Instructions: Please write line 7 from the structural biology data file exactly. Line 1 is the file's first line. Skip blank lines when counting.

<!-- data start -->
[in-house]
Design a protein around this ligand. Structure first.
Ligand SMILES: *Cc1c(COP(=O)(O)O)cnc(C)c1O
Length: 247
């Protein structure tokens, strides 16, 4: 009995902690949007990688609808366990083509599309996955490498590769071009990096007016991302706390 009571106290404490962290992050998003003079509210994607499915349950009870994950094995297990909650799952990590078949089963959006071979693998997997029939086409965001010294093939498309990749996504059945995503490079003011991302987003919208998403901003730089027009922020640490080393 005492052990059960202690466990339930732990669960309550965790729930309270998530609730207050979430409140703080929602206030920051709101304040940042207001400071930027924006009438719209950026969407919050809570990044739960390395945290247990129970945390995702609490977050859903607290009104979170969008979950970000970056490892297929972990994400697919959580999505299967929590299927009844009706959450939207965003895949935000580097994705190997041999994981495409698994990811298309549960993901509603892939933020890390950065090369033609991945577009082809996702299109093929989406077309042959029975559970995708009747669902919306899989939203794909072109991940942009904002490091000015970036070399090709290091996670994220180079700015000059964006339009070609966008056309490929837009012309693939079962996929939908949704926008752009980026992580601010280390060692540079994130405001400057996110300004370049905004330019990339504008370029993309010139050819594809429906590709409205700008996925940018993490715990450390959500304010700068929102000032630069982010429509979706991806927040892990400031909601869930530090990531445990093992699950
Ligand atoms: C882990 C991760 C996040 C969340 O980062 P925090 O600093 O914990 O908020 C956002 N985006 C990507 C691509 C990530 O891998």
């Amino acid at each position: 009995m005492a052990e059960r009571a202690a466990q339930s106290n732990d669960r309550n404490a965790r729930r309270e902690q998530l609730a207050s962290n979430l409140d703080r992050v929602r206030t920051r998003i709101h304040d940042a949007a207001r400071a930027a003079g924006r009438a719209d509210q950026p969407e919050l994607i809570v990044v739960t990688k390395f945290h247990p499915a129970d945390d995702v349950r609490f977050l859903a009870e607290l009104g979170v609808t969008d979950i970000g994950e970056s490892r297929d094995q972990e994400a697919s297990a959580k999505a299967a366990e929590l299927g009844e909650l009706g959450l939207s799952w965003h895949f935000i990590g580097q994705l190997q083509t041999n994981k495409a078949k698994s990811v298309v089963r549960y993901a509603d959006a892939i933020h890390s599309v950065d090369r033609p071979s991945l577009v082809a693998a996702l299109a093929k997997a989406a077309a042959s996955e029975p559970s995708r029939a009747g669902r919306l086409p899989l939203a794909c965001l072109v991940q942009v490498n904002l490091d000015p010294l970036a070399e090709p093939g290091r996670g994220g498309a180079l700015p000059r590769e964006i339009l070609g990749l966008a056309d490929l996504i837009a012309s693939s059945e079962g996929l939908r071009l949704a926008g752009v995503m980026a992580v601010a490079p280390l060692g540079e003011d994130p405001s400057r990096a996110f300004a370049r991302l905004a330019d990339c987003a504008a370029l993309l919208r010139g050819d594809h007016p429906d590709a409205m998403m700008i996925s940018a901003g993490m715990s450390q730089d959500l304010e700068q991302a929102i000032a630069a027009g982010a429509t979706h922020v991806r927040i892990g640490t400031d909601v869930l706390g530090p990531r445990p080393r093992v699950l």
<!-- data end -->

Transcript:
């Amino acid at each position: 009995m005492a052990e059960r009571a202690a466990q339930s106290n732990d669960r309550n404490a965790r729930r309270e902690q998530l609730a207050s962290n979430l409140d703080r992050v929602r206030t920051r998003i709101h304040d940042a949007a207001r400071a930027a003079g924006r009438a719209d509210q950026p969407e919050l994607i809570v990044v739960t990688k390395f945290h247990p499915a129970d945390d995702v349950r609490f977050l859903a009870e607290l009104g979170v609808t969008d979950i970000g994950e970056s490892r297929d094995q972990e994400a697919s297990a959580k999505a299967a366990e929590l299927g009844e909650l009706g959450l939207s799952w965003h895949f935000i990590g580097q994705l190997q083509t041999n994981k495409a078949k698994s990811v298309v089963r549960y993901a509603d959006a892939i933020h890390s599309v950065d090369r033609p071979s991945l577009v082809a693998a996702l299109a093929k997997a989406a077309a042959s996955e029975p559970s995708r029939a009747g669902r919306l086409p899989l939203a794909c965001l072109v991940q942009v490498n904002l490091d000015p010294l970036a070399e090709p093939g290091r996670g994220g498309a180079l700015p000059r590769e964006i339009l070609g990749l966008a056309d490929l996504i837009a012309s693939s059945e079962g996929l939908r071009l949704a926008g752009v995503m980026a992580v601010a490079p280390l060692g540079e003011d994130p405001s400057r990096a996110f300004a370049r991302l905004a330019d990339c987003a504008a370029l993309l919208r010139g050819d594809h007016p429906d590709a409205m998403m700008i996925s940018a901003g993490m715990s450390q730089d959500l304010e700068q991302a929102i000032a630069a027009g982010a429509t979706h922020v991806r927040i892990g640490t400031d909601v869930l706390g530090p990531r445990p080393r093992v699950l």